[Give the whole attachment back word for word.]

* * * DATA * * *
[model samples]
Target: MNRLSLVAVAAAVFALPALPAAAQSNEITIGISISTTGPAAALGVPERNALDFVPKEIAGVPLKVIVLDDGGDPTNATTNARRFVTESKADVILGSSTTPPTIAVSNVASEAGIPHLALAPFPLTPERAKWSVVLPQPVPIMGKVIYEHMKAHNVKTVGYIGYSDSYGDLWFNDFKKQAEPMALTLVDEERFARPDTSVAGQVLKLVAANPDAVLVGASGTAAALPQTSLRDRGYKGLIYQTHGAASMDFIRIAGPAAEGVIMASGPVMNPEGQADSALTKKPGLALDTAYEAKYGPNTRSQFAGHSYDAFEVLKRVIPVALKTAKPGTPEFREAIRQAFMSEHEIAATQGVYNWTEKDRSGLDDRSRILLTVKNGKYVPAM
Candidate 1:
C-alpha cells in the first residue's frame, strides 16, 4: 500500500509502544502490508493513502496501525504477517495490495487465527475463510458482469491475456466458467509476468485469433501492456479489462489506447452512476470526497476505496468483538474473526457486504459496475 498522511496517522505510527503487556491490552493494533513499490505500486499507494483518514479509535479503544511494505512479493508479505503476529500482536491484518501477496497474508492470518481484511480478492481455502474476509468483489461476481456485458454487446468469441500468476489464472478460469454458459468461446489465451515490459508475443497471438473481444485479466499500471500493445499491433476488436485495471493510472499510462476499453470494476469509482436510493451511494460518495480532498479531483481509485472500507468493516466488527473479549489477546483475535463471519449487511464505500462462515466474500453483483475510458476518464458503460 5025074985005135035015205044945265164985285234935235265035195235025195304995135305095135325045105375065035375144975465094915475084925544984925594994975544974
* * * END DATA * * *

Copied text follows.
[model samples]
Target: MNRLSLVAVAAAVFALPALPAAAQSNEITIGISISTTGPAAALGVPERNALDFVPKEIAGVPLKVIVLDDGGDPTNATTNARRFVTESKADVILGSSTTPPTIAVSNVASEAGIPHLALAPFPLTPERAKWSVVLPQPVPIMGKVIYEHMKAHNVKTVGYIGYSDSYGDLWFNDFKKQAEPMALTLVDEERFARPDTSVAGQVLKLVAANPDAVLVGASGTAAALPQTSLRDRGYKGLIYQTHGAASMDFIRIAGPAAEGVIMASGPVMNPEGQADSALTKKPGLALDTAYEAKYGPNTRSQFAGHSYDAFEVLKRVIPVALKTAKPGTPEFREAIRQAFMSEHEIAATQGVYNWTEKDRSGLDDRSRILLTVKNGKYVPAM
Candidate 1:
C-alpha cells in the first residue's frame, strides 16, 4: 500500500509502544502490508493513502496501525504477517495490495487465527475463510458482469491475456466458467509476468485469433501492456479489462489506447452512476470526497476505496468483538474473526457486504459496475 498522511496517522505510527503487556491490552493494533513499490505500486499507494483518514479509535479503544511494505512479493508479505503476529500482536491484518501477496497474508492470518481484511480478492481455502474476509468483489461476481456485458454487446468469441500468476489464472478460469454458459468461446489465451515490459508475443497471438473481444485479466499500471500493445499491433476488436485495471493510472499510462476499453470494476469509482436510493451511494460518495480532498479531483481509485472500507468493516466488527473479549489477546483475535463471519449487511464505500462462515466474500453483483475510458476518464458503460 5025074985005135035015205044945265164985285234935235265035195235025195304995135305095135325045105375065035375144975465094915475084925544984925594994975544974